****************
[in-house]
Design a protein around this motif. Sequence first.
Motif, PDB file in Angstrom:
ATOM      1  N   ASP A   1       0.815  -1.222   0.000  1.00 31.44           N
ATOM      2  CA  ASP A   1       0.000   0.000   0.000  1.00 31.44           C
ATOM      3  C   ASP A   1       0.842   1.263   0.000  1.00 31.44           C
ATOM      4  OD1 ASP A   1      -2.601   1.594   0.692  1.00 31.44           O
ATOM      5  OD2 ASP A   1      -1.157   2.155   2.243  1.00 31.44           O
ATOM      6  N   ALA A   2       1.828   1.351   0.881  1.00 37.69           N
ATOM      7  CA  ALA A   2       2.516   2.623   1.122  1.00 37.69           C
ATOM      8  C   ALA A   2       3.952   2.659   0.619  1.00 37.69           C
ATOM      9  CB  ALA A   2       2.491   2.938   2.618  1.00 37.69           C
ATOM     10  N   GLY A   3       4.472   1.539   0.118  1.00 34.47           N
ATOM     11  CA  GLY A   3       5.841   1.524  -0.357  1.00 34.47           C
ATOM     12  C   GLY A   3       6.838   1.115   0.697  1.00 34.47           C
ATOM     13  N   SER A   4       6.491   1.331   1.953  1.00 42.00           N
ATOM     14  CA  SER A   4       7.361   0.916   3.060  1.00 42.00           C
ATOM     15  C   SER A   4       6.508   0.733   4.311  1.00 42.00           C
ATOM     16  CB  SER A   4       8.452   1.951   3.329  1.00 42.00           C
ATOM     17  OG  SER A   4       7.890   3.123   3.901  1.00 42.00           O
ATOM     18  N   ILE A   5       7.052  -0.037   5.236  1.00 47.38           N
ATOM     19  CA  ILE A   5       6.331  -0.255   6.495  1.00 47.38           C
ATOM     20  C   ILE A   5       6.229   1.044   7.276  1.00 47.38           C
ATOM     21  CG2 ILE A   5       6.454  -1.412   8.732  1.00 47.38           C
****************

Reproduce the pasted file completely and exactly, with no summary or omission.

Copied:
[in-house]
Design a protein around this motif. Sequence first.
Motif, PDB file in Angstrom:
ATOM      1  N   ASP A   1       0.815  -1.222   0.000  1.00 31.44           N
ATOM      2  CA  ASP A   1       0.000   0.000   0.000  1.00 31.44           C
ATOM      3  C   ASP A   1       0.842   1.263   0.000  1.00 31.44           C
ATOM      4  OD1 ASP A   1      -2.601   1.594   0.692  1.00 31.44           O
ATOM      5  OD2 ASP A   1      -1.157   2.155   2.243  1.00 31.44           O
ATOM      6  N   ALA A   2       1.828   1.351   0.881  1.00 37.69           N
ATOM      7  CA  ALA A   2       2.516   2.623   1.122  1.00 37.69           C
ATOM      8  C   ALA A   2       3.952   2.659   0.619  1.00 37.69           C
ATOM      9  CB  ALA A   2       2.491   2.938   2.618  1.00 37.69           C
ATOM     10  N   GLY A   3       4.472   1.539   0.118  1.00 34.47           N
ATOM     11  CA  GLY A   3       5.841   1.524  -0.357  1.00 34.47           C
ATOM     12  C   GLY A   3       6.838   1.115   0.697  1.00 34.47           C
ATOM     13  N   SER A   4       6.491   1.331   1.953  1.00 42.00           N
ATOM     14  CA  SER A   4       7.361   0.916   3.060  1.00 42.00           C
ATOM     15  C   SER A   4       6.508   0.733   4.311  1.00 42.00           C
ATOM     16  CB  SER A   4       8.452   1.951   3.329  1.00 42.00           C
ATOM     17  OG  SER A   4       7.890   3.123   3.901  1.00 42.00           O
ATOM     18  N   ILE A   5       7.052  -0.037   5.236  1.00 47.38           N
ATOM     19  CA  ILE A   5       6.331  -0.255   6.495  1.00 47.38           C
ATOM     20  C   ILE A   5       6.229   1.044   7.276  1.00 47.38           C
ATOM     21  CG2 ILE A   5       6.454  -1.412   8.732  1.00 47.38           C